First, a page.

If a university where a course based on this website is taught is located far away from the Wadden Sea, it might not be feasible or even desirable to visit sites in the area, especially with regard to the environmental impact of travel. However, it can still be worthwhile to organise a field trip. The connecting physical field trip is meant to show how the concerns and issues relating to the Wadden Sea connect to those closer to home, and how people are connected to the Wadden Sea even when they are not located there.
Educators may opt for locations close to the university that have a physical connection to the Wadden Sea or speak to it in some other way. For example, they may visit a waterway that is part of a watershed that connects to the Wadden Sea, or a dyke or salt marsh in a different location, in which similar concerns to those in the Wadden Sea are relevant. The connecting physical field trip is an invitation to consider questions of scale: how do different scales impact and relate to one another?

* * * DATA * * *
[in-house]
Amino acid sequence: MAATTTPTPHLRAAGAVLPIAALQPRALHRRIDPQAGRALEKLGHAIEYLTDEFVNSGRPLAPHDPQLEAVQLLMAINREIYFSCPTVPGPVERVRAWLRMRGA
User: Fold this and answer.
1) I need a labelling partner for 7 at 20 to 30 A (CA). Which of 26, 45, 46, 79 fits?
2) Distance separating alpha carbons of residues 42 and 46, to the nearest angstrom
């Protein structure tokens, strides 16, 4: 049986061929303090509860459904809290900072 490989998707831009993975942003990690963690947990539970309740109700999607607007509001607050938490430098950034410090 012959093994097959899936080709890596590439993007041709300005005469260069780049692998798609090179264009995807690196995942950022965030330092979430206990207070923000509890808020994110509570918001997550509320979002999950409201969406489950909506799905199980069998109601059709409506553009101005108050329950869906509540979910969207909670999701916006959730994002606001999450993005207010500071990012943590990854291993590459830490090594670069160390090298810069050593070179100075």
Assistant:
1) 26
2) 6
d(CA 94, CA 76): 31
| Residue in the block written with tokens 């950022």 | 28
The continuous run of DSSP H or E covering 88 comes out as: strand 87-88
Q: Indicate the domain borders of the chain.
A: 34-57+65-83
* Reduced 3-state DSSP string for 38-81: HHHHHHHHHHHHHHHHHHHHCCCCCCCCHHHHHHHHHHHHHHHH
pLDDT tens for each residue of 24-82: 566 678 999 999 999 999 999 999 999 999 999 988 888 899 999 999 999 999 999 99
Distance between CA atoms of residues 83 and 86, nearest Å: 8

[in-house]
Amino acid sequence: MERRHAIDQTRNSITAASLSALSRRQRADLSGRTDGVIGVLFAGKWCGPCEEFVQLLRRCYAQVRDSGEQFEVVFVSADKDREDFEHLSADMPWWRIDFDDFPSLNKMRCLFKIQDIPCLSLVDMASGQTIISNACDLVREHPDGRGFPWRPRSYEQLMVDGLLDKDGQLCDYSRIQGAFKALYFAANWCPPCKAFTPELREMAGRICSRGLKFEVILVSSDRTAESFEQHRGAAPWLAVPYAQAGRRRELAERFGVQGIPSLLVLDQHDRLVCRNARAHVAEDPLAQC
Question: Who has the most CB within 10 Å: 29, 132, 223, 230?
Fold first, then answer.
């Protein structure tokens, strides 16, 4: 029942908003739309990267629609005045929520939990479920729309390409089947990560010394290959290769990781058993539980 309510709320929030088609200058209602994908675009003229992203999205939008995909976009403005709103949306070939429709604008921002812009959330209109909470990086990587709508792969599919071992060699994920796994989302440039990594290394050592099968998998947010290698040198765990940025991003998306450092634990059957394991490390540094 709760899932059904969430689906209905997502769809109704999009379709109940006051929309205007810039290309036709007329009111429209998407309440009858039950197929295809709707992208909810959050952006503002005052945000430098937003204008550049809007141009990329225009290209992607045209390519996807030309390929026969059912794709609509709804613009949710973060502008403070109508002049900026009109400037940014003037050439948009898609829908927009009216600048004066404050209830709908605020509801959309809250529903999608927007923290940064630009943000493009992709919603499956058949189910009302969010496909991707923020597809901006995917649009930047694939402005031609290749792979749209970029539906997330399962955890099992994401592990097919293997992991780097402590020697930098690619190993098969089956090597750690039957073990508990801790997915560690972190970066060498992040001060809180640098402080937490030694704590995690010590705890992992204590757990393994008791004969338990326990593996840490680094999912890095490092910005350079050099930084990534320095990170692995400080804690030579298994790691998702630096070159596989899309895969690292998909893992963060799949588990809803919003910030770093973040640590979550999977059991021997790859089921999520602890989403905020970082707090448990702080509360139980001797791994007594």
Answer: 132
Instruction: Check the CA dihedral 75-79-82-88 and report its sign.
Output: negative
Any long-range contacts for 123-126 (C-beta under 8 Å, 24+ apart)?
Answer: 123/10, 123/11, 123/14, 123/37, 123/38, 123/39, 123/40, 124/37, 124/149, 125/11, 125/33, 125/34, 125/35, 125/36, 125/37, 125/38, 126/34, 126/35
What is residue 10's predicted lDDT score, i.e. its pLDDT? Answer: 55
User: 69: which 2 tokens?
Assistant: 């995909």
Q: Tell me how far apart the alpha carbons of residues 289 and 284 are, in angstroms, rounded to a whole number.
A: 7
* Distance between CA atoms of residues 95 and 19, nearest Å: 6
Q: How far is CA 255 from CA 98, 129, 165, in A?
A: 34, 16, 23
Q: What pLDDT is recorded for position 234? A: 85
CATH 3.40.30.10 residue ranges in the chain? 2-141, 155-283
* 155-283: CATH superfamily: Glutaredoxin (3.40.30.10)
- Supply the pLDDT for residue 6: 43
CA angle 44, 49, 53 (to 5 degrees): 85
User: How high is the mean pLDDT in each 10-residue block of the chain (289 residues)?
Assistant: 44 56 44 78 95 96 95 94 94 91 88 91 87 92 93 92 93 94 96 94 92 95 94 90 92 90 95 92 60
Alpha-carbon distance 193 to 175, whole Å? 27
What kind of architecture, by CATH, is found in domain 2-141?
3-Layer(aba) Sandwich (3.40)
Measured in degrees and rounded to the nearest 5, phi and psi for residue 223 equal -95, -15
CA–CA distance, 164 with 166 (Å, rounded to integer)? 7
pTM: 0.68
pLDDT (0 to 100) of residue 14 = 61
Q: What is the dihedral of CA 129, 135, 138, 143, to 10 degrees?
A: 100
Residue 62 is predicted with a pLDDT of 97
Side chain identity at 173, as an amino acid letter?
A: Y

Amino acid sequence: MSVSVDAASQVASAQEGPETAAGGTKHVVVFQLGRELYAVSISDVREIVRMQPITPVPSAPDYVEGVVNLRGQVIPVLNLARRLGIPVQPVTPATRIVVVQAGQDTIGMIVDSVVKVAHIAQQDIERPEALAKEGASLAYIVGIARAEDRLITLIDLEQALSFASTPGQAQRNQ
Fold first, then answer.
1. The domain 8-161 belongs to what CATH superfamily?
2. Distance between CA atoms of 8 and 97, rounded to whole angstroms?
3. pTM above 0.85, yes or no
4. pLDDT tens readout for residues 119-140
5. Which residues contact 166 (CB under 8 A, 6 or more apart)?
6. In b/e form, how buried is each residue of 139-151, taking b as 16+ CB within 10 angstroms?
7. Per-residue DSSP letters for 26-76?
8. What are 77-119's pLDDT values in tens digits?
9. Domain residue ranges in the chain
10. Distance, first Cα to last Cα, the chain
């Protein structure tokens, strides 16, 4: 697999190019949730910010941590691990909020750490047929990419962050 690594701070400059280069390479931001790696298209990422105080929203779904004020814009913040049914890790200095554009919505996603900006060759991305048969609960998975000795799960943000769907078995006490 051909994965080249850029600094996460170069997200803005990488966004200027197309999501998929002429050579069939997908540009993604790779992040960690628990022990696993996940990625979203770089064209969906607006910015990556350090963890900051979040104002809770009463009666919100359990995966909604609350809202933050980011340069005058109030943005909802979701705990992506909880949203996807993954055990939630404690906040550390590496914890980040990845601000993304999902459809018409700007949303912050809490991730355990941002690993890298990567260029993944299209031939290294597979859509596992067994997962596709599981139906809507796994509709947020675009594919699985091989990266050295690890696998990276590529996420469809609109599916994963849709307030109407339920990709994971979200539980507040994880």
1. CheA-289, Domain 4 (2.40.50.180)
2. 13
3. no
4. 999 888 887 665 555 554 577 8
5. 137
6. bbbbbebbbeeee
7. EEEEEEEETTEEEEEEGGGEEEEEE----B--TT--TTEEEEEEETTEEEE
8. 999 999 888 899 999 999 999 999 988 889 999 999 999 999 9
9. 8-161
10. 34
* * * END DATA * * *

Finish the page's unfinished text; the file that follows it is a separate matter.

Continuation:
Suggested secondary reading:
Howkins, Adrian. “‘Have You Been There?’ Some Thoughts on (Not) Visiting Antarctica.” Environmental History. 15.3 (2010): 514-519.